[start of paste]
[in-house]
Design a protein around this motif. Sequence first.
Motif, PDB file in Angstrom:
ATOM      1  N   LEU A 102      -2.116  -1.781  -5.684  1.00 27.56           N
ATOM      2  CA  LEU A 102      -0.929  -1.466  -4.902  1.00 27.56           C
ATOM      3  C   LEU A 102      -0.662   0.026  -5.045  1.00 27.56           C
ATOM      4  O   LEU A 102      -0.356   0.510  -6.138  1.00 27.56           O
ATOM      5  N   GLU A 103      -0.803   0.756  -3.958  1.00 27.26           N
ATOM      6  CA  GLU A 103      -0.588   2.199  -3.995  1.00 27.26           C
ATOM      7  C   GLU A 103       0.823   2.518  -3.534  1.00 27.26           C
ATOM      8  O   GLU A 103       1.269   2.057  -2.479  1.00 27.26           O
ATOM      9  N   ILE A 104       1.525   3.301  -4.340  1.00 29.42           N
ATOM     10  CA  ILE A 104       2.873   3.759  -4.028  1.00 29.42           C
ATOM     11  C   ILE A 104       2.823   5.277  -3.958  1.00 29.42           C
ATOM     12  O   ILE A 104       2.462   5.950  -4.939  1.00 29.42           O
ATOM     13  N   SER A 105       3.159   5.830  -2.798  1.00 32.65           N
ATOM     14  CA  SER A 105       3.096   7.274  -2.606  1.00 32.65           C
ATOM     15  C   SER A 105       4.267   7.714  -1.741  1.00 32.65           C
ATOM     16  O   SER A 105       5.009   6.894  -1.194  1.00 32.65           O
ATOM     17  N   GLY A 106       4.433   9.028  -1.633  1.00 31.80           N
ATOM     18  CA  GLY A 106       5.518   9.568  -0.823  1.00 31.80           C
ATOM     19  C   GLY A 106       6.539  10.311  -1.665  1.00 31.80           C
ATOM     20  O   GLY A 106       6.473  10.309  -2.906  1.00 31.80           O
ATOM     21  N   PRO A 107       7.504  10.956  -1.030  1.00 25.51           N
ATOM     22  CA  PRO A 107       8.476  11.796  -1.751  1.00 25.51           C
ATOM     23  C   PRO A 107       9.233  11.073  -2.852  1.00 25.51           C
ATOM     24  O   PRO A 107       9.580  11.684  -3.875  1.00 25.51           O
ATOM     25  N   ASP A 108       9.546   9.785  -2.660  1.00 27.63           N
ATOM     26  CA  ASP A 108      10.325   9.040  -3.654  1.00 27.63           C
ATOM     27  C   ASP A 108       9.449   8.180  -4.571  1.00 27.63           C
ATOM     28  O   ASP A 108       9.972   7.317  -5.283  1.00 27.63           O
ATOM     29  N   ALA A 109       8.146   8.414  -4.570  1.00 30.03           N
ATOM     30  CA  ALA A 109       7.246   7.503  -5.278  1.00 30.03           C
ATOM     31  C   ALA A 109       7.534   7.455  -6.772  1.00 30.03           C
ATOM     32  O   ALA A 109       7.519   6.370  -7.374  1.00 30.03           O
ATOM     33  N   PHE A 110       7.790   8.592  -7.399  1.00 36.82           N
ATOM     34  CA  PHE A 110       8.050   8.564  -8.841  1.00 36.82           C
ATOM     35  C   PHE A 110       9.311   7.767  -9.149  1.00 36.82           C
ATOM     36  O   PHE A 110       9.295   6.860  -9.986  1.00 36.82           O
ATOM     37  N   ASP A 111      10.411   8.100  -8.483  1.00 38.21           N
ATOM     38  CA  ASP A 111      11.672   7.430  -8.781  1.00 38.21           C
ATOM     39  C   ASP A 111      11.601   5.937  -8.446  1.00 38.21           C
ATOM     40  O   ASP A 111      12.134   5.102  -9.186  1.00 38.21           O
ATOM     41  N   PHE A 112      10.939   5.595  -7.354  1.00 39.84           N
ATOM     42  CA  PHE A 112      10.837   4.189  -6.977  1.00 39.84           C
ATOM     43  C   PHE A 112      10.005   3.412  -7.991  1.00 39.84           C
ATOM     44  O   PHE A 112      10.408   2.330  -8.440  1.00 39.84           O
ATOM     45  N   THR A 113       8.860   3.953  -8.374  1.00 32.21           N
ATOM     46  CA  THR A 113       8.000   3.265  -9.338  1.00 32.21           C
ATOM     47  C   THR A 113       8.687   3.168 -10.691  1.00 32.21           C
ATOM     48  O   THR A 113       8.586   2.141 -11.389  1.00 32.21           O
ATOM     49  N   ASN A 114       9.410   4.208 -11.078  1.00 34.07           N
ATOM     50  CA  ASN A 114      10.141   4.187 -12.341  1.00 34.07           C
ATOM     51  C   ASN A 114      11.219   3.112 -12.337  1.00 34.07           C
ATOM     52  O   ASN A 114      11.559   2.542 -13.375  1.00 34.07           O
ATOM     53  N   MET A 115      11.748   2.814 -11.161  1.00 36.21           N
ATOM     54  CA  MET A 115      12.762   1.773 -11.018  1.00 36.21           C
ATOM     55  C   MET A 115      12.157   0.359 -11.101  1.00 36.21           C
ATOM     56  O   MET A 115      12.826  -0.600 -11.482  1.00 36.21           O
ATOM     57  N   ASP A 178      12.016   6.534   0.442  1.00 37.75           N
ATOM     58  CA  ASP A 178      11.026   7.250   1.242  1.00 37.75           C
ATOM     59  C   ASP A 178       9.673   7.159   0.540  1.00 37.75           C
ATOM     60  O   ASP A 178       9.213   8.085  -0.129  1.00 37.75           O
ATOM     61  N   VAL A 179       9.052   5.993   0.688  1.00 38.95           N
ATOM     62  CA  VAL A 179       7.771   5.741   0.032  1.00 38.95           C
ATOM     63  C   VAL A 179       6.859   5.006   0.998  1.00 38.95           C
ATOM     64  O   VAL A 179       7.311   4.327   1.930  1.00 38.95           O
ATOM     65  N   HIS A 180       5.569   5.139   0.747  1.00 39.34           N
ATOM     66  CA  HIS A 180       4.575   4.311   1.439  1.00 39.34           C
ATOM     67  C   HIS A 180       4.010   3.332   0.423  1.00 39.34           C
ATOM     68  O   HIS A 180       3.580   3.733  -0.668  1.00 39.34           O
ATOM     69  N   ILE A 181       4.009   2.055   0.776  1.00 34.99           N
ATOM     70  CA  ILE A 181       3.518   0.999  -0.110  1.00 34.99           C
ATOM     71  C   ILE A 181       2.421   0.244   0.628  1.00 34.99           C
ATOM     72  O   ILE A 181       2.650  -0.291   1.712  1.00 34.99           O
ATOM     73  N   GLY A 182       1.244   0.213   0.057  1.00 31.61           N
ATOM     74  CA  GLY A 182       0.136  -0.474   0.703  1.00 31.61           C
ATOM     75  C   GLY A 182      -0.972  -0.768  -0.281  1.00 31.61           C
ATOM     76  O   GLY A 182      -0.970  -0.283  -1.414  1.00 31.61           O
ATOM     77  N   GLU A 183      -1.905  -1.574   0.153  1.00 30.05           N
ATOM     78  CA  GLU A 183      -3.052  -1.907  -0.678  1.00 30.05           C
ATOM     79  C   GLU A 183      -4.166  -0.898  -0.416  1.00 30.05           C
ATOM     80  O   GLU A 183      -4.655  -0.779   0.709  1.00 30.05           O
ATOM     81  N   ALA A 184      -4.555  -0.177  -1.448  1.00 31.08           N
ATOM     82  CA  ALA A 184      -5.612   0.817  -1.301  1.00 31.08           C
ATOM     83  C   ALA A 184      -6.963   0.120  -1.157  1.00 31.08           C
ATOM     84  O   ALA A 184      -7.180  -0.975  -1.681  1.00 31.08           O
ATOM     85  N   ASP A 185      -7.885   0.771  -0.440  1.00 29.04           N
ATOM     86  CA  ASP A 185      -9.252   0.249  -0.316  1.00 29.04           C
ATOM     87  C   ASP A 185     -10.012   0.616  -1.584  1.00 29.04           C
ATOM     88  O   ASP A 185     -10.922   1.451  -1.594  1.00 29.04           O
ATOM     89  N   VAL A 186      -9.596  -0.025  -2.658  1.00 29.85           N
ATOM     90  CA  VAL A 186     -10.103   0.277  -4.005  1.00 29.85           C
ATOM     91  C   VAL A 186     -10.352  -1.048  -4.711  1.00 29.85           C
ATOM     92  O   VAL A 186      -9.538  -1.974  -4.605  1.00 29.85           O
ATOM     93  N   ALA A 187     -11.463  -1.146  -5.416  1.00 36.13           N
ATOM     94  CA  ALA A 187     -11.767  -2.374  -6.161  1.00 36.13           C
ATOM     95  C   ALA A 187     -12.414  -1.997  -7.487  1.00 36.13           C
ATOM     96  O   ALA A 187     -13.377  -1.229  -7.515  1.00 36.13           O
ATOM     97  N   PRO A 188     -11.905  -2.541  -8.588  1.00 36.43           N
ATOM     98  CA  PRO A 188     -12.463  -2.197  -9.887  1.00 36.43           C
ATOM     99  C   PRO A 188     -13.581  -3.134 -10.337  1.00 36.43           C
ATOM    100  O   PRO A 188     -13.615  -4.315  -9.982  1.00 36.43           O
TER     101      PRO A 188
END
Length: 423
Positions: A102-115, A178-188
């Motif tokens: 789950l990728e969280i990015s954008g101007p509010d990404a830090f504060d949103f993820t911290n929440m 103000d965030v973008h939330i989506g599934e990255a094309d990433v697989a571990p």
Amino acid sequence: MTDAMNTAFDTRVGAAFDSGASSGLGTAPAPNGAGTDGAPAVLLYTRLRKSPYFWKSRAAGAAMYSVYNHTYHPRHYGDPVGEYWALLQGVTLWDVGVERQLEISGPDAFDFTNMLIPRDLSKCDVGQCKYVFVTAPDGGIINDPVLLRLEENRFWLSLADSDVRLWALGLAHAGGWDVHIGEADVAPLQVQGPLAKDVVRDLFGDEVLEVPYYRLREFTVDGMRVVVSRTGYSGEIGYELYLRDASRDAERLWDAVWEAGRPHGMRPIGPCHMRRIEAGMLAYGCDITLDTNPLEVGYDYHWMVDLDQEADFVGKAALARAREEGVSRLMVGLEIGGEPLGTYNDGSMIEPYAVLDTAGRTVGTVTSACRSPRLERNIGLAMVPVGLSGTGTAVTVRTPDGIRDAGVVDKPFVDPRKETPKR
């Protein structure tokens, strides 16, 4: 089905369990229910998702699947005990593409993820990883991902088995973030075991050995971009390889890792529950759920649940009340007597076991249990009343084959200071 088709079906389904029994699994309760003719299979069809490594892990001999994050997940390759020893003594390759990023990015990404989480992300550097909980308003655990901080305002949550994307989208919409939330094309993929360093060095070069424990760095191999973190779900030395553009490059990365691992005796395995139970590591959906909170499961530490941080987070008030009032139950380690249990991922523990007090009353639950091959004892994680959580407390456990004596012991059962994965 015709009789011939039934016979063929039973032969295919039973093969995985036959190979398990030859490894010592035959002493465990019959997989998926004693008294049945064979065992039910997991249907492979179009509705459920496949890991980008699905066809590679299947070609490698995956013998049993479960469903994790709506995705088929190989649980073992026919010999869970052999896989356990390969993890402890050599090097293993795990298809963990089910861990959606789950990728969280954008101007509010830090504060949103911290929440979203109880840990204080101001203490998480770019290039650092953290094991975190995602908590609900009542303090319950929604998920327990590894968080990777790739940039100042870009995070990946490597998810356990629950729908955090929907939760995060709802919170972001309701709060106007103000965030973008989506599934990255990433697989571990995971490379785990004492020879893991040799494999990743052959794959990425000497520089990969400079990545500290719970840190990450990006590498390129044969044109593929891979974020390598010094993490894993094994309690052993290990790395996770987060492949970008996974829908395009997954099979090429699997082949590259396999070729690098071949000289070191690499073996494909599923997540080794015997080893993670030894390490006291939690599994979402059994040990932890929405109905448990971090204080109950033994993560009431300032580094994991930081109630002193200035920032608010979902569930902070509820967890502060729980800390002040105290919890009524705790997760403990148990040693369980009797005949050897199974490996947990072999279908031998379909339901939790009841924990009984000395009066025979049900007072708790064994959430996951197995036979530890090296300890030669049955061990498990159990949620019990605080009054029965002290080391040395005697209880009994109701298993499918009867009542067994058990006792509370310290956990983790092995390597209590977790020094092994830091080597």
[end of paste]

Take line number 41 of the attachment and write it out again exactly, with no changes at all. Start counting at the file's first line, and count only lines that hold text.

ATOM     38  CA  ASP A 111      11.672   7.430  -8.781  1.00 38.21           C